Dead Silence review by The Grim Ringler

No doubt about it, right up there with clowns come dolls as the stuff of nightmares. Maybe it’s our fear of joyful things, or just that they’re like tiny, creepy babies, or maybe it’s movies like this that just put these dolls in a bad light.

A man’s wife is brutally murdered while he is out getting take out dinner for them and not long after they’d gotten a strange package on their doorstep – a ventriloquist’s dummy. The wife thinks it’s cute and laughs at it, but the husband isn’t so amused. There’s just something familiar and scary in its gaze, and it reminds both of them of an old rhyme from their home town. The doll proves to not so cute after all when something kills the woman while her husband is away and to the man, it seems as if this doll must be connected to this murder. After being accused of being the culprit behind the murder of his wife, the man heads off for his home town in the hopes of uncovering who it was that sent the mysterious dummy and thereby who murdered his wife. What he finds though is a town hidden in the shadows of a dark past. Even years after his leaving the town still cowers at the name of Mary Shaw, a woman who had had a deep love for her family of dolls. This woman had been a performer and had a small theater where she put on performances with her dummies. But it seems Mary was not one to suffer a willful child so when a young boy disappears it is Mary that gets blamed. Not long after it is Mary that has gone missing and so the town raises a marker for her grave and then buries all of her ‘dolls’, her family, and the town then hopes that the woman and her curse can be buried. The real terror of Mary begins though after her apparent death as people in the town begin turning up dead, their tongues ripped out and the bodies positioned as if for a portrait. Now Jamie, back home and looking for a murderer begins finding clues that seem to point to the return of Mary and her curse and he must find his wife’s killer and find the answer to what really is happening in his home town.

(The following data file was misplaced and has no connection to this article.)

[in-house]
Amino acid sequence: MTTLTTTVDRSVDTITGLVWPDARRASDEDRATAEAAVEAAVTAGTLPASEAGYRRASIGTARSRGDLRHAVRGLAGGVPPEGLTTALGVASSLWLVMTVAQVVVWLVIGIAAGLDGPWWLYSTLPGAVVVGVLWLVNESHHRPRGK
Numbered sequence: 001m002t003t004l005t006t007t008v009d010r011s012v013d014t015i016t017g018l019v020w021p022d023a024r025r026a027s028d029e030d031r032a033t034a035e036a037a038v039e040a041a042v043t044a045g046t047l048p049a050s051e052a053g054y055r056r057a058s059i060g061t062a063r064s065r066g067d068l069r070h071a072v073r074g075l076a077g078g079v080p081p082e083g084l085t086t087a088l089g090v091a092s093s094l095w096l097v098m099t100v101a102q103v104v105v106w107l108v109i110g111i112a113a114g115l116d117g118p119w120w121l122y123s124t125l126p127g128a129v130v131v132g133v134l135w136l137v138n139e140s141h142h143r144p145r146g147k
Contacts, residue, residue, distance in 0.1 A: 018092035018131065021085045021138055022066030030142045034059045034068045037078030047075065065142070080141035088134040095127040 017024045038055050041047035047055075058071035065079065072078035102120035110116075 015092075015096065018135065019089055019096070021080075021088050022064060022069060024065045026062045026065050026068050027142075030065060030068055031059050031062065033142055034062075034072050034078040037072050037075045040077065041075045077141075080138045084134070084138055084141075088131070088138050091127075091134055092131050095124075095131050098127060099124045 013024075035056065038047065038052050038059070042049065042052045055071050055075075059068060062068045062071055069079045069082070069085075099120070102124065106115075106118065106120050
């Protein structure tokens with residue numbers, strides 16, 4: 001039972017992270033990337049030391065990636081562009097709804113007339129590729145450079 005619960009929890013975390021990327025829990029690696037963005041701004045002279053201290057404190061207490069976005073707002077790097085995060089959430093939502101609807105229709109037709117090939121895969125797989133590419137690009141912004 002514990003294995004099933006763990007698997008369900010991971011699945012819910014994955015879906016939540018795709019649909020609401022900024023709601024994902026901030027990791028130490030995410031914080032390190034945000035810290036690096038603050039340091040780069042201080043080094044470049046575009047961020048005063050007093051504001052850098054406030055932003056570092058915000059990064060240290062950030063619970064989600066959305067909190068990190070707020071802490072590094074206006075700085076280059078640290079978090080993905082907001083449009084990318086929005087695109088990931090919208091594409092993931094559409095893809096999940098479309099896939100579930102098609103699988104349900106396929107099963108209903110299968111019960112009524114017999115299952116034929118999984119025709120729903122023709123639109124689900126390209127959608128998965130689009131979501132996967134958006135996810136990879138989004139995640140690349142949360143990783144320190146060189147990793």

The first thing you need to keep in mind here is that this, to me, is an utter throwback to some of the better, creepier films of the ‘80’s. This reminds me a lot of Dolls but that isn’t to say that this is a remake of that film or a rip-off. What director Wan has done is to take that sort of atmosphere and the sense of dread and to use that as his template. This is the sort of traditional horror film that many say the genre has strayed from and I think that this may have been a case where the filmmaker’s previous films (he worked on Saw) may have hurt this film’s chance at getting some people in the seats. This is not Saw with dolls. Not at all. (Though, you may see Billy, the puppet from that film somewhere in the background). This is a decently paced ghost story about the old woman in town who was a witch. That’s the story, essentially. The crappy thing here is that so much is done right that it’s a shame that the things that are done poorly really have such a negative effect on the whole.

The acting

Donnie Wahlberg and can appreciate his talent but man, they really sold him out here. His character – a caricature of the hard-nosed cop with a heart of gold – is laughable at best and the logic he uses is all too similar to cop logic from the ‘80’s. First they play him all tough as nails, then he’s downgraded to a sort of Columbo, only to become the side-kick at the end. AAARGH! I say. The rest of the cast is decent enough, though most are not given terribly good dialogue in the least. Like the first Saw though, you have some great set-ups and a fantastic premise that’s lessened by the amateurish characters that are created.

As for the horror, it’s very well done. The dolls are creepy and for the most part are not overplayed throughout the film. The town is beautiful and reminded me of one of the Phantasm ghost towns. The story is nice in that campfire tale way. The best part is the ending, which is, again all-too familiar for fans of the ‘S’ movie but it plays out pretty well here and manages to shock. Personally, I admire the film more as an idea than a reality.

Don’t get me wrong, I like the film and, for the rating I am going to give it, think it’s still worth a look and a purchase.

I just think that the concept and design is better than the reality. The set designs, the story, the dolls, the scares, the parts of the movie are great, but the characters and dialogue really let the film down in the end.

Would I recommend seeing it? Sure. It’s got a lot to offer, and fans of the Saw series can do with a refresher about what old-school horror films are like. I love that this is an old fashioned horror film. We need more films like that. I just wish this had more to offer than a simple campfire tale. It’s good as that, but it could have been much better.

6 out of 10 Jackasses
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